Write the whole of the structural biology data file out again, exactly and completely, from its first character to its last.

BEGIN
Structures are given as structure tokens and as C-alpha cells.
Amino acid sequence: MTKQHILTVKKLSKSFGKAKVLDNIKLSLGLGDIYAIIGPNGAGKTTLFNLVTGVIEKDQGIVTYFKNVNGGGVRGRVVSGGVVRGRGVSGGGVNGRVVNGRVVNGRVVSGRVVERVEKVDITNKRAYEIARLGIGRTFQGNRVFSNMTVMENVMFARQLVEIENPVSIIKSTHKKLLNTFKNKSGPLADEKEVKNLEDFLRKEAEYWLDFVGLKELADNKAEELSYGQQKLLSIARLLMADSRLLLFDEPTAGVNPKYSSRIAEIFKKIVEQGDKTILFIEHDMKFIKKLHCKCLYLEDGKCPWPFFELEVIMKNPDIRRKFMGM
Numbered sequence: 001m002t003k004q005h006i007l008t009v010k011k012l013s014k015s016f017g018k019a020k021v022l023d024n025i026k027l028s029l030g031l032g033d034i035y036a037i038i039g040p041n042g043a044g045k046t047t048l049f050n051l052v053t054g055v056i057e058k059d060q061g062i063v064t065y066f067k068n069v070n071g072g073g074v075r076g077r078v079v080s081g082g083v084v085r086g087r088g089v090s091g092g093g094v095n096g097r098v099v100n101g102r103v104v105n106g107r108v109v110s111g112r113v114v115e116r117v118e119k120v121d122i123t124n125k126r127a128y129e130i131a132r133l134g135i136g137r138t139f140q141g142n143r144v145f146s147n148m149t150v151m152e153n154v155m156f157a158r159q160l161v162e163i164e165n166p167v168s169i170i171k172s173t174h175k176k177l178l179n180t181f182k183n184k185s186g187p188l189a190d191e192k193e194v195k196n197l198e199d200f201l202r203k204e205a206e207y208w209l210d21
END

Structures are given as structure tokens and as C-alpha cells.
Amino acid sequence: MTKQHILTVKKLSKSFGKAKVLDNIKLSLGLGDIYAIIGPNGAGKTTLFNLVTGVIEKDQGIVTYFKNVNGGGVRGRVVSGGVVRGRGVSGGGVNGRVVNGRVVNGRVVSGRVVERVEKVDITNKRAYEIARLGIGRTFQGNRVFSNMTVMENVMFARQLVEIENPVSIIKSTHKKLLNTFKNKSGPLADEKEVKNLEDFLRKEAEYWLDFVGLKELADNKAEELSYGQQKLLSIARLLMADSRLLLFDEPTAGVNPKYSSRIAEIFKKIVEQGDKTILFIEHDMKFIKKLHCKCLYLEDGKCPWPFFELEVIMKNPDIRRKFMGM
Numbered sequence: 001m002t003k004q005h006i007l008t009v010k011k012l013s014k015s016f017g018k019a020k021v022l023d024n025i026k027l028s029l030g031l032g033d034i035y036a037i038i039g040p041n042g043a044g045k046t047t048l049f050n051l052v053t054g055v056i057e058k059d060q061g062i063v064t065y066f067k068n069v070n071g072g073g074v075r076g077r078v079v080s081g082g083v084v085r086g087r088g089v090s091g092g093g094v095n096g097r098v099v100n101g102r103v104v105n106g107r108v109v110s111g112r113v114v115e116r117v118e119k120v121d122i123t124n125k126r127a128y129e130i131a132r133l134g135i136g137r138t139f140q141g142n143r144v145f146s147n148m149t150v151m152e153n154v155m156f157a158r159q160l161v162e163i164e165n166p167v168s169i170i171k172s173t174h175k176k177l178l179n180t181f182k183n184k185s186g187p188l189a190d191e192k193e194v195k196n197l198e199d200f201l202r203k204e205a206e207y208w209l210d21